The Role of the United Nations in Addressing Emerging Technologies in the Area of Lethal Autonomous Weapons Systems

A military robot.                                                                                                   ©FUTUREATLAS.COM

History is witness that technology creates surprises on the battlefield. However, technology can blindside not only warriors but policymakers as well. The challenge of keeping pace with technology becomes even more formidable when policy is co-constructed in multilateral forums, which by their very nature require the patient build-up of common ground and consensus.

In recent years, technological fields have begun to merge and create new use scenarios in both the civil and military domains. A case in point is the formerly esoteric field of artificial intelligence (AI). Increased availability of computing power, the massive data generated by Internet-connected devices, and falling costs for data storage and manipulation have brought AI out of obscure conferences into newspaper headlines and the speeches of leaders. Techniques such as machine learning combined with the availability of large datasets and computing power to ‘train’ AI algorithms have led to machines taking on tasks once reserved for the human brain. The defeat of the 18-time world champion in Go, Lee Sedol, by DeepMind’s AI algorithm in March 2016, is a powerful symbol of this shift in the balance of power between man and machine. It was only natural that these advances in the intelligent autonomy of digital systems would attract the attention of Governments, scientists and civil society concerned about the possible deployment and use of lethal autonomous weapons. What was needed was a forum to discuss these concerns and begin to construct common understandings regarding possible solutions.

Conventional weapons-related arms control tended to play second fiddle to strategic weaponry during the cold war. This imbalance persisted, even though technology and security trends began to shift in the late 1990s. The multilateral ecosystem for dealing with advanced conventional weaponry outside of ad hoc export control regimes—such as the 1996 Wassenaar Arrangement—remained relatively underdeveloped. Fortunately, one instrument at the juncture of international humanitarian law (IHL) and arms control stands out. This is the Convention on Prohibitions or Restrictions on the Use of Certain Conventional Weapons Which May Be Deemed to Be Excessively Injurious or to Have Indiscriminate Effects (CCW).1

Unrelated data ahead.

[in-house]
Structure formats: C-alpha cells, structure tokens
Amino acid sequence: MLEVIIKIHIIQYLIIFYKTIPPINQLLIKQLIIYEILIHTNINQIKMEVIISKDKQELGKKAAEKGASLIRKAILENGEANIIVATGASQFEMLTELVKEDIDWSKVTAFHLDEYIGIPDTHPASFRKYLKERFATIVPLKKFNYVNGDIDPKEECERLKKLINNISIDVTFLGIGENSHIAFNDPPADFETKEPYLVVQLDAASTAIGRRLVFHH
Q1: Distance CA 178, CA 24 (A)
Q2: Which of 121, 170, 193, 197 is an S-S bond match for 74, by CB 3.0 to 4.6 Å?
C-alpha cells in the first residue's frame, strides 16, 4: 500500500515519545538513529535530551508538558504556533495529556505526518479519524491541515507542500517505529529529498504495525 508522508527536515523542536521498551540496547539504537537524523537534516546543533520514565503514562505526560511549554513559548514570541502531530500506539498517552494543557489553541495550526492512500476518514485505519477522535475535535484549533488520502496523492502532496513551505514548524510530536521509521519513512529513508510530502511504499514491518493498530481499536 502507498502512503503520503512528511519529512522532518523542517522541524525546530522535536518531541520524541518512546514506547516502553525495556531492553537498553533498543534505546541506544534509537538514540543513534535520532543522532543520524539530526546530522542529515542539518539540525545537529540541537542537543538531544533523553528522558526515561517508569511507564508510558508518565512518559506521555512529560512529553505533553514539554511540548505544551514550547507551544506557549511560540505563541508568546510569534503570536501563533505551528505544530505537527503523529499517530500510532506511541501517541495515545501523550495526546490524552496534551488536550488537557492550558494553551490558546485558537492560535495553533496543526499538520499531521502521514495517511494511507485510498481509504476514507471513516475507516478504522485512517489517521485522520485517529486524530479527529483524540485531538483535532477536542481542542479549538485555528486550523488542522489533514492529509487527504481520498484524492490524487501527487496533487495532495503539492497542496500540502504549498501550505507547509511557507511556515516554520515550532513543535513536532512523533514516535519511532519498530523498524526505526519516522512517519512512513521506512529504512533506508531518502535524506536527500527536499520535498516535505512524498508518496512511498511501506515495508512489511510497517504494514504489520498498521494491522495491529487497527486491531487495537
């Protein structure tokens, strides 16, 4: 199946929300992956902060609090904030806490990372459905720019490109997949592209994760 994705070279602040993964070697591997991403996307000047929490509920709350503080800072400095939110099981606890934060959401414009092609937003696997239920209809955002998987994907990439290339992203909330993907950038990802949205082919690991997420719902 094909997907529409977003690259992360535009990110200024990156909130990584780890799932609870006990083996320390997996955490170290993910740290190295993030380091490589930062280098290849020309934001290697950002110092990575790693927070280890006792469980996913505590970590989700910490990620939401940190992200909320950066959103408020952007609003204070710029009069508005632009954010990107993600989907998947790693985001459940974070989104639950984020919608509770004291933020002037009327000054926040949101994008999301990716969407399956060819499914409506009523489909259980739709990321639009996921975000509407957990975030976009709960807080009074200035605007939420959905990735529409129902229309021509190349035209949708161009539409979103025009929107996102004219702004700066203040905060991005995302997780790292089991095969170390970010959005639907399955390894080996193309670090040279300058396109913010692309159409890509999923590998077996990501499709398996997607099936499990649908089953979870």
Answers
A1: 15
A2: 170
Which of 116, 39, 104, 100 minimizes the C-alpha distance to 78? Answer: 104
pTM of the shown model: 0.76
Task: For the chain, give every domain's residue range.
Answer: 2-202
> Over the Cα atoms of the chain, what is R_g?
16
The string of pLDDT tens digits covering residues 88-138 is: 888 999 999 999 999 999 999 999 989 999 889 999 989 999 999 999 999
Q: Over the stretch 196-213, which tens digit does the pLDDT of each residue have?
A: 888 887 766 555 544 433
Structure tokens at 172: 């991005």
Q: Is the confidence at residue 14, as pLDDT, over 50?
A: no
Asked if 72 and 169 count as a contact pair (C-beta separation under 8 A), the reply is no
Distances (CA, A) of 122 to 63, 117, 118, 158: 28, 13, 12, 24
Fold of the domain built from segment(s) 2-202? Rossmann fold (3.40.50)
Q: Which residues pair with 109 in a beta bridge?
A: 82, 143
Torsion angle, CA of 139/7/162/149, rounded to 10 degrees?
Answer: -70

The Convention, negotiated under United Nations auspices in 1979–1980, has its roots in key IHL principles, such as proportionality and distinction between civilians and combatants. Currently, the Convention has five Protocols—Protocol I on Non-Detectable Fragments; Protocol II on Prohibitions or Restrictions on the Use of Mines, Booby-Traps and Other Devices (as amended on 3 May 1996); Protocol III on Prohibitions or Restrictions on the Use of Incendiary Weapons; Protocol IV on Blinding Laser Weapons; and Protocol V on Explosive Remnants of War. Thus, it has a modular design that allows new instruments to be attached to the framework treaty as humanitarian concerns around weapons systems evolve and as new systems emerge.

While discussions at human rights forums in Geneva on remotely controlled weapons in 2012-2013 were helpful in raising awareness,2 CCW turned out to be the forum of choice to discuss emerging technologies in the area of lethal autonomous weapons systems (LAWS). Its flexible nature and the balance it upholds between humanitarian principles and military necessity provided the space for States with very differing views to begin engaging on a complex and rapidly evolving technology. Its standing as an instrument of IHL, alongside the 1949 Geneva Conventions and their 1977 Additional Protocols, made it attractive to all those concerned with the potential undermining of IHL principles by autonomous combat systems. It is also helpful that all countries with established or emerging capabilities in AI systems—Canada, China, France, Germany, India, Israel, Japan, the Republic of Korea, the Russian Federation, the United Kingdom, and the United States—are High Contracting Parties to the Convention. This is not to say that the forum was without challenges. An important and continuing problem is financial stability. Arrears in payments by High Contracting Parties created uncertainty around some of the meetings in 2017. Another challenge was how to involve industry and technology developers in discussions on lethal autonomy, given the industry fear of being stigmatized, among other things. A significant mindset challenge was the tendency of the traditional arms control community to see weapons in discrete material terms. Hollywood depictions of Ironman and the Terminator did not help either.